Gestapistill – On Fruit and Paper

Lara Wilhelmine Hoffmann:

On Fruit and Paper 

Thoughts on Icelandic Book Art I

A week ago, I stumbled upon the question ‘Hvað er Bók?’ (What is a book?), raised by Ómar Stefánsson in the anthology Bók um bók og fleira (1980). These three Icelandic words indicate redefining the book as an element of modern Icelandic book culture and ARKIR’s new exhibition titled ‘Endurbókun’ (Rebook) shows that reshaping and rethinking the book are ongoing processes in Iceland despite, or perhaps because of, the tremendous number of traditional Icelandic illuminated manuscripts. Just as ARKIR transform old books, theories can transform our perception of the book. Hence, to start my journey into the realm of Iceland’s book culture, I decided to import three theories that I am familiar with from other places into the context of Icelandic book art and to jot down some of my own thoughts.

Clive Phillpot book diagram. Source link.

Clive Phillpot’s diagram from Booktrek. Source link.

Systematization can be a valuable tool. However, more often than not, systems embody only one of many forms of perception. This is why I admire the fruits in this diagram by Clive Phillpot. Even though the illustration suggests that the fields of art and books can be subdivided and that there are discernible boundaries between book objects, book objects, book art and literature, the fruit imply that none of these definitions are set in stone. Phillpot, former director at the library of the MoMA, New York, played an important role in putting the artists’ book on the map. His starting point was the simple question of how to shelve and catalogue artist’ books in libraries since these books are neither exhibition catalogues nor literature or photography books.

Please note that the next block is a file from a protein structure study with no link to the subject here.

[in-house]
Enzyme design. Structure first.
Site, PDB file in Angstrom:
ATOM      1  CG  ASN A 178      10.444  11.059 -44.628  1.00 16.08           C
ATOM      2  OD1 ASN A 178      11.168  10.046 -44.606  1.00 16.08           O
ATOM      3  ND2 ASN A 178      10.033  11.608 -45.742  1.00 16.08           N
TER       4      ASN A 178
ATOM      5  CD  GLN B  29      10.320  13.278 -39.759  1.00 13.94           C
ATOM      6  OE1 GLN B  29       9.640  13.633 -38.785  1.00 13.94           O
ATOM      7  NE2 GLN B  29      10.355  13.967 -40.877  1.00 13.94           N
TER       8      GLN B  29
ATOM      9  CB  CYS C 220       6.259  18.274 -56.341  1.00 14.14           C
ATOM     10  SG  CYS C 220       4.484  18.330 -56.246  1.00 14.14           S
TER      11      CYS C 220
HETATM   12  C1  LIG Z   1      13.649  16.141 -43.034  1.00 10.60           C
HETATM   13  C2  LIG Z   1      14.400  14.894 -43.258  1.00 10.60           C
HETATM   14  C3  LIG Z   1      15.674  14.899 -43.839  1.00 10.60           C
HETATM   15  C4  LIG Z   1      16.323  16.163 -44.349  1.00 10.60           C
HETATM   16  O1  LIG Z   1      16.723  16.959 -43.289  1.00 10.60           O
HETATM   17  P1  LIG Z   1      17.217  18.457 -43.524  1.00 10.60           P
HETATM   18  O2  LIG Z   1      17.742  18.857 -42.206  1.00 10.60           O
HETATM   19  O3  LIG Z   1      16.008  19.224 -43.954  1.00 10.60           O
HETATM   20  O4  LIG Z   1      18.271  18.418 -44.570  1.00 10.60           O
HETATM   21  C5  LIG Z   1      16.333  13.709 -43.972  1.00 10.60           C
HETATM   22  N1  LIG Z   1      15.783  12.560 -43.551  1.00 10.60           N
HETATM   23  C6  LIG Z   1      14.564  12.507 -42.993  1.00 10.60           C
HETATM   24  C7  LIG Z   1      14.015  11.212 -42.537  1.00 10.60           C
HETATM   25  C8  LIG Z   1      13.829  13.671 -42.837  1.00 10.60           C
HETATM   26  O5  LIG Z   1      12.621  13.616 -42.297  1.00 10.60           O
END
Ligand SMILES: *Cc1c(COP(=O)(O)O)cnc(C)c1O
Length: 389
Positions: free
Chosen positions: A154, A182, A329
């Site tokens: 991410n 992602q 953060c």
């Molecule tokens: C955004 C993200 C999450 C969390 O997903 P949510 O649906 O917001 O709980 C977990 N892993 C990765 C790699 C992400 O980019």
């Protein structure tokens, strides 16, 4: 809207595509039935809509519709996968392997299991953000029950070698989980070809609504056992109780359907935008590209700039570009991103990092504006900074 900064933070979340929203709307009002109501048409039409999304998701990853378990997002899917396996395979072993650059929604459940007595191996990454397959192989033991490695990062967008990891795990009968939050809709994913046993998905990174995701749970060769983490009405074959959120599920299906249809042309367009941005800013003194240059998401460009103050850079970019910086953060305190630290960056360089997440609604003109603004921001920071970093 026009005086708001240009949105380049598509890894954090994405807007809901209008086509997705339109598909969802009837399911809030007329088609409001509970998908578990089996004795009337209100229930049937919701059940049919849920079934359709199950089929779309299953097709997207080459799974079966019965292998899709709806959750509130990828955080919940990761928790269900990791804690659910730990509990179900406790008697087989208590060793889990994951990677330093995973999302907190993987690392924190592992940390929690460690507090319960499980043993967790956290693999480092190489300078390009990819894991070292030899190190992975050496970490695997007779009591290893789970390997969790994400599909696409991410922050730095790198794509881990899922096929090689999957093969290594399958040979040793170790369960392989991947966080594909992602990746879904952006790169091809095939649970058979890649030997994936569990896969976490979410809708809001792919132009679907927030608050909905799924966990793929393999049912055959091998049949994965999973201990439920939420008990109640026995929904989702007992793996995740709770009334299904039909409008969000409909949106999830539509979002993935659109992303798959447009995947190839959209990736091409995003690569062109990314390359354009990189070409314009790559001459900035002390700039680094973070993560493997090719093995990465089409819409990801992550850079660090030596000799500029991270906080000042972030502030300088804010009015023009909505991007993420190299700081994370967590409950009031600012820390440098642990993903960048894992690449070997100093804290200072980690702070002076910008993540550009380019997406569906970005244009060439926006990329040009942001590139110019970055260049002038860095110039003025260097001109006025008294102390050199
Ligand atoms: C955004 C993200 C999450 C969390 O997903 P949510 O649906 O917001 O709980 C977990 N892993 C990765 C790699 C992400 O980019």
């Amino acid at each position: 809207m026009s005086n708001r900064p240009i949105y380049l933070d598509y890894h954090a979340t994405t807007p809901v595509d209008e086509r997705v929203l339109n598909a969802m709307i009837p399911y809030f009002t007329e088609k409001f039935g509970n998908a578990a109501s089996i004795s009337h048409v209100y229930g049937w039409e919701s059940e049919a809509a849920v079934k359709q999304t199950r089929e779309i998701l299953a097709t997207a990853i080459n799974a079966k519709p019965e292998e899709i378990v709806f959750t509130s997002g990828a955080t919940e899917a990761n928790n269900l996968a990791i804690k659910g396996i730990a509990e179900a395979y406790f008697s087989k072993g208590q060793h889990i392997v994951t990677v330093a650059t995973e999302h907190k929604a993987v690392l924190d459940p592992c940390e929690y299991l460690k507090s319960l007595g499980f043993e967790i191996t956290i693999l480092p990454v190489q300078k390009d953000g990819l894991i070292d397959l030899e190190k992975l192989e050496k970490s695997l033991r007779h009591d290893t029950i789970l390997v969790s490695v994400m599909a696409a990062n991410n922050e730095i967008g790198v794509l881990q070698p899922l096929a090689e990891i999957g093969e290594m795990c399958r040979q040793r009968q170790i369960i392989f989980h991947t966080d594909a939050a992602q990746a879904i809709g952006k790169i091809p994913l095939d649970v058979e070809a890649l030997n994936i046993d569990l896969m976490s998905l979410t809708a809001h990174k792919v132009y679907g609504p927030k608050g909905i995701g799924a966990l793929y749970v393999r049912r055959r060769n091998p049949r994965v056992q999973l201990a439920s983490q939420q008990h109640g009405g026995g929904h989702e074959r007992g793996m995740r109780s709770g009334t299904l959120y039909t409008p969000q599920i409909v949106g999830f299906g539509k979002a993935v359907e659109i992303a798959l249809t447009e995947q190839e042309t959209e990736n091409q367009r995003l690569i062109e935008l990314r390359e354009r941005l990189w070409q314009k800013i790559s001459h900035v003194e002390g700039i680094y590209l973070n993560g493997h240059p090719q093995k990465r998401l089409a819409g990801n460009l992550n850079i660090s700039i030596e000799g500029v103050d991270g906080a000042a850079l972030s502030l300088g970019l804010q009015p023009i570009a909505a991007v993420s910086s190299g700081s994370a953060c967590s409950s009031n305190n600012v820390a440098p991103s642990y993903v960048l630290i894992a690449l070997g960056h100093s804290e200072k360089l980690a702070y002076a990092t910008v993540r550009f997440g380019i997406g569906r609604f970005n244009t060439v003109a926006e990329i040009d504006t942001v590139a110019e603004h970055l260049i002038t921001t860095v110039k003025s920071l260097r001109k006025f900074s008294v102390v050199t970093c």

Sigurður Guðmundsson: Situations, Event. Source link.

Sigurður Guðmundsson: Extension. (1974) Source link.

According to Phillpot, artists’ books are made by artists, or rather; the creator’s intention is to create art. Furthermore, artists’ books are not simply carriers of ideas or pictures. The medium of the book is chosen intentionally: The book as an idea is an essential part of the work itself. Thus, works that discuss the idea of the book, even when artists abandon the traditional shape of the codex, theoretically also fall into the category of book art. An historical example: Can Sigurður Guðmundsson’s photograph ‘Extension’ (1974) be considered book art? And what about ‘Orðaflaumur’ by ARKIR-member Ingiríður Óðinsdóttir?

IngiridurOdinsdottir

Ingiríður Óðinsdóttir: Orðaflaumur (2014)

Is this work book art and / or a book? Intention and content are two ways to approach book art; contextualisation is another. Art historian Lucy Lippard emphasises the importance of context, for instance, in the anthology Six Years: The Dematerialization of the Art Object from 1966 to 1972 (1973). Lippard is the co-founder of Printed Matter, a bookshop in New York City centred around artists’ books, but her writing covers a variety of topics. Concerning the contextualization of artists’ books, Lippard once wrote that a book shown in the art context cannot be called anything other than art. This sentence does not imply that the only relevant aspect for categorizing artists’ books is the context but, rather, Lippard’s attempt to enable artists who make books or write to call their works art even though the traditional notion of art when Lippard wrote her text did not include books and writing.

From Ulises Carrión's Source link.

From Ulises Carrión’s The New Art of Making Books. Source link.